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NS-Dementia Can be Misdiagnosed
Jan L. Warner & Jan Collins

Question: My mother and father are in their early 80’s. Both are both hard of hearing, and both refuse to wear hearing aids. It seemed to the family – including Dad – that Mom’s memory was slipping intermittently. So, to make sure we stayed on top of things, we took her to her long-time family doctor.

After talking to her, Dad, and me for about ten minutes, but without giving her any testing, he concluded she had at least a mild dementia and prescribed a medication for her that he said might work. But it has done absolutely no good over the past six weeks. She has had indigestion, headaches, and generally feels bad. Upon calling her physician, he took her off the medicine and told us to let the condition run its natural course.

We are concerned that something is missing here. Her doctor noted in her chart that she suffered from dementia. We live in a small town, and have very few health care choices, and therefore, don’t want to tick off her doctor. Do you have any suggestions?

Answer: Based on the description you give, it appears that your mother’s doctor jumped to the diagnosis of “dementia” prematurely, especially when conducting no tests.
Generally, if a patient is confused or disoriented, a test called the Mini Mental Status Examination (MMSE) is given to try to ascertain the patient’s level of cognition. Apparently, however, your mother’s physician apparently did not conduct this test.

For this and other reasons, we believe that dementia is often over-diagnosed and misdiagnosed, while at the same time, other reasons for memory loss are ignored. For example, normal aging carries with it some symptoms of mild memory loss, as do depression, delirium, emotional problems, and a number of physical conditions, including brain tumors and strokes.

For example, if an individual suffers multiple strokes in the brain – called “ministrokes” - insufficient blood supply destroys brain tissue. This, in turn, causes a reduction in cognitive function that may create symptoms similar to dementia or Alzheimer’s disease.

Based on studies and statistics we have researched, the two medical problems in our geriatric population that present major difficulties in diagnosis are depression and dementia. When you consider that those over age 85 are the fastest growing segment of our population, this is a growing problem for both older people and their physicians.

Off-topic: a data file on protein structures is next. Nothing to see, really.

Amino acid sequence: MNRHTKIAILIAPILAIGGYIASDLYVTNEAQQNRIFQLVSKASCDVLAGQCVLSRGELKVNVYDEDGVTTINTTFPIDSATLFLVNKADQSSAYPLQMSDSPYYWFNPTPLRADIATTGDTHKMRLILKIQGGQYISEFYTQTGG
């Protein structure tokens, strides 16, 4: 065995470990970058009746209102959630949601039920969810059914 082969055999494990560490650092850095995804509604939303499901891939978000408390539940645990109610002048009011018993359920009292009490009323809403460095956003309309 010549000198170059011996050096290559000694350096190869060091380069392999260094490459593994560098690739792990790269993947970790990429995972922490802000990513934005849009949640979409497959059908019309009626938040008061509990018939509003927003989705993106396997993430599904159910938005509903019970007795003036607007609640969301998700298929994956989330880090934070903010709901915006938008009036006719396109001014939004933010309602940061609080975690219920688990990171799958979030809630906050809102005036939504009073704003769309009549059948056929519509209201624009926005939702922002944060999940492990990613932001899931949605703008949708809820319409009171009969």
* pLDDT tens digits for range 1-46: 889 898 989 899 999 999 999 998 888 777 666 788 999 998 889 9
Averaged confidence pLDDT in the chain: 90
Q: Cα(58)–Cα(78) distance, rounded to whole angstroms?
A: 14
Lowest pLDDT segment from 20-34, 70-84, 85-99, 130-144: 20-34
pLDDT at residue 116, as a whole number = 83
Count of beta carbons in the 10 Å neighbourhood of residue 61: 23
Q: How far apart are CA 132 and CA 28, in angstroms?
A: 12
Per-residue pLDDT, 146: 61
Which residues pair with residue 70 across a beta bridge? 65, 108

Why are a high percentage of geriatric patients who suffer from depression misdiagnosed as suffering from dementia? Because of lack of proper assessment of their cognitive functioning, and misperceptions about normal aging.

But there is yet another issue that may lead to a misdiagnosis of dementia: Hearing loss.

Those with hearing loss -- such as your mother -- may well become anxious in medical situations, become confused and disoriented, and not be able to understand what is going on. For more information about hearing and dementia, contact Northern Virginia Resource Center for Deaf and Hard of Hearing Persons (NVRC), 3951 Pender Drive, Suite 130, Fairfax, VA 22030; www.nvrc.org. 703-352-9055 V, 703-352-9056 TTY, 703-352-9058 Fax.

For more information about misdiagnosis, and to see the Mini Mental Status Exam, go to our home page and click on “Diagnostic Momentum”.



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Planning Your Future with 20-20 Vision™


Today, more than 36 million Americans are age 65 or over. There are more than 22 million family-member caregivers. Then there are the Baby Boomers. All are grappling with the major decisions that accompany the latter stages of life. This book is for them. Written by two experts with decades of experience between them, it is a comprehensive guide that instructs readers about how to create a plan to deal with all aspects of aging, helps maximize options and ensure wishes are carried out.

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